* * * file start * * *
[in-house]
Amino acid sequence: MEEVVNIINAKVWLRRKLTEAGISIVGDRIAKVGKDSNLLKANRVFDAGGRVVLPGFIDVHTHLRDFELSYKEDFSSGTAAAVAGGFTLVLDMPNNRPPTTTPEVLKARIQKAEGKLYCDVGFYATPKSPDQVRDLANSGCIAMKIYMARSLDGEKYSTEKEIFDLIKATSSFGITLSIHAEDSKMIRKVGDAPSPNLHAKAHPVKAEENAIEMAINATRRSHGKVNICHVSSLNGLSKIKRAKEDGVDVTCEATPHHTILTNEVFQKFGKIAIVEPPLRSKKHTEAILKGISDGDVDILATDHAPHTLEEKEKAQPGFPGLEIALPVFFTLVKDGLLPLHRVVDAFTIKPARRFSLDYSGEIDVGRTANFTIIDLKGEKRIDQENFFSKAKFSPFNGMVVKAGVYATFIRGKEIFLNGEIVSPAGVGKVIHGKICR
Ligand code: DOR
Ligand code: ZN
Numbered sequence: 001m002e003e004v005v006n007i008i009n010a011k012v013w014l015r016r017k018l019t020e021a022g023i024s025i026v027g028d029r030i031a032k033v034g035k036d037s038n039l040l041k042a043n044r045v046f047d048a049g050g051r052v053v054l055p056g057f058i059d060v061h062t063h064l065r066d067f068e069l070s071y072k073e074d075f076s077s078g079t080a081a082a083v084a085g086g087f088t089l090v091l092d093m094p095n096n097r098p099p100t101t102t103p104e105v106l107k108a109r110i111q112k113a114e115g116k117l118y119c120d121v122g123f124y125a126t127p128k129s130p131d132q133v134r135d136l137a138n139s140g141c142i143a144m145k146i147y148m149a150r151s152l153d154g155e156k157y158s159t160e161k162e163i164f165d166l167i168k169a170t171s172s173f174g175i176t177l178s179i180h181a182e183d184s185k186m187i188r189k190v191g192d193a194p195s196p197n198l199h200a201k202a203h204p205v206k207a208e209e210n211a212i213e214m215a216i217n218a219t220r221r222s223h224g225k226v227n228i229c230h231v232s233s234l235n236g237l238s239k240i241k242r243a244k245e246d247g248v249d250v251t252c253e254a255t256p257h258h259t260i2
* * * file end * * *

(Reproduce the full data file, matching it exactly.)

[in-house]
Amino acid sequence: MEEVVNIINAKVWLRRKLTEAGISIVGDRIAKVGKDSNLLKANRVFDAGGRVVLPGFIDVHTHLRDFELSYKEDFSSGTAAAVAGGFTLVLDMPNNRPPTTTPEVLKARIQKAEGKLYCDVGFYATPKSPDQVRDLANSGCIAMKIYMARSLDGEKYSTEKEIFDLIKATSSFGITLSIHAEDSKMIRKVGDAPSPNLHAKAHPVKAEENAIEMAINATRRSHGKVNICHVSSLNGLSKIKRAKEDGVDVTCEATPHHTILTNEVFQKFGKIAIVEPPLRSKKHTEAILKGISDGDVDILATDHAPHTLEEKEKAQPGFPGLEIALPVFFTLVKDGLLPLHRVVDAFTIKPARRFSLDYSGEIDVGRTANFTIIDLKGEKRIDQENFFSKAKFSPFNGMVVKAGVYATFIRGKEIFLNGEIVSPAGVGKVIHGKICR
Ligand code: DOR
Ligand code: ZN
Numbered sequence: 001m002e003e004v005v006n007i008i009n010a011k012v013w014l015r016r017k018l019t020e021a022g023i024s025i026v027g028d029r030i031a032k033v034g035k036d037s038n039l040l041k042a043n044r045v046f047d048a049g050g051r052v053v054l055p056g057f058i059d060v061h062t063h064l065r066d067f068e069l070s071y072k073e074d075f076s077s078g079t080a081a082a083v084a085g086g087f088t089l090v091l092d093m094p095n096n097r098p099p100t101t102t103p104e105v106l107k108a109r110i111q112k113a114e115g116k117l118y119c120d121v122g123f124y125a126t127p128k129s130p131d132q133v134r135d136l137a138n139s140g141c142i143a144m145k146i147y148m149a150r151s152l153d154g155e156k157y158s159t160e161k162e163i164f165d166l167i168k169a170t171s172s173f174g175i176t177l178s179i180h181a182e183d184s185k186m187i188r189k190v191g192d193a194p195s196p197n198l199h200a201k202a203h204p205v206k207a208e209e210n211a212i213e214m215a216i217n218a219t220r221r222s223h224g225k226v227n228i229c230h231v232s233s234l235n236g237l238s239k240i241k242r243a244k245e246d247g248v249d250v251t252c253e254a255t256p257h258h259t260i2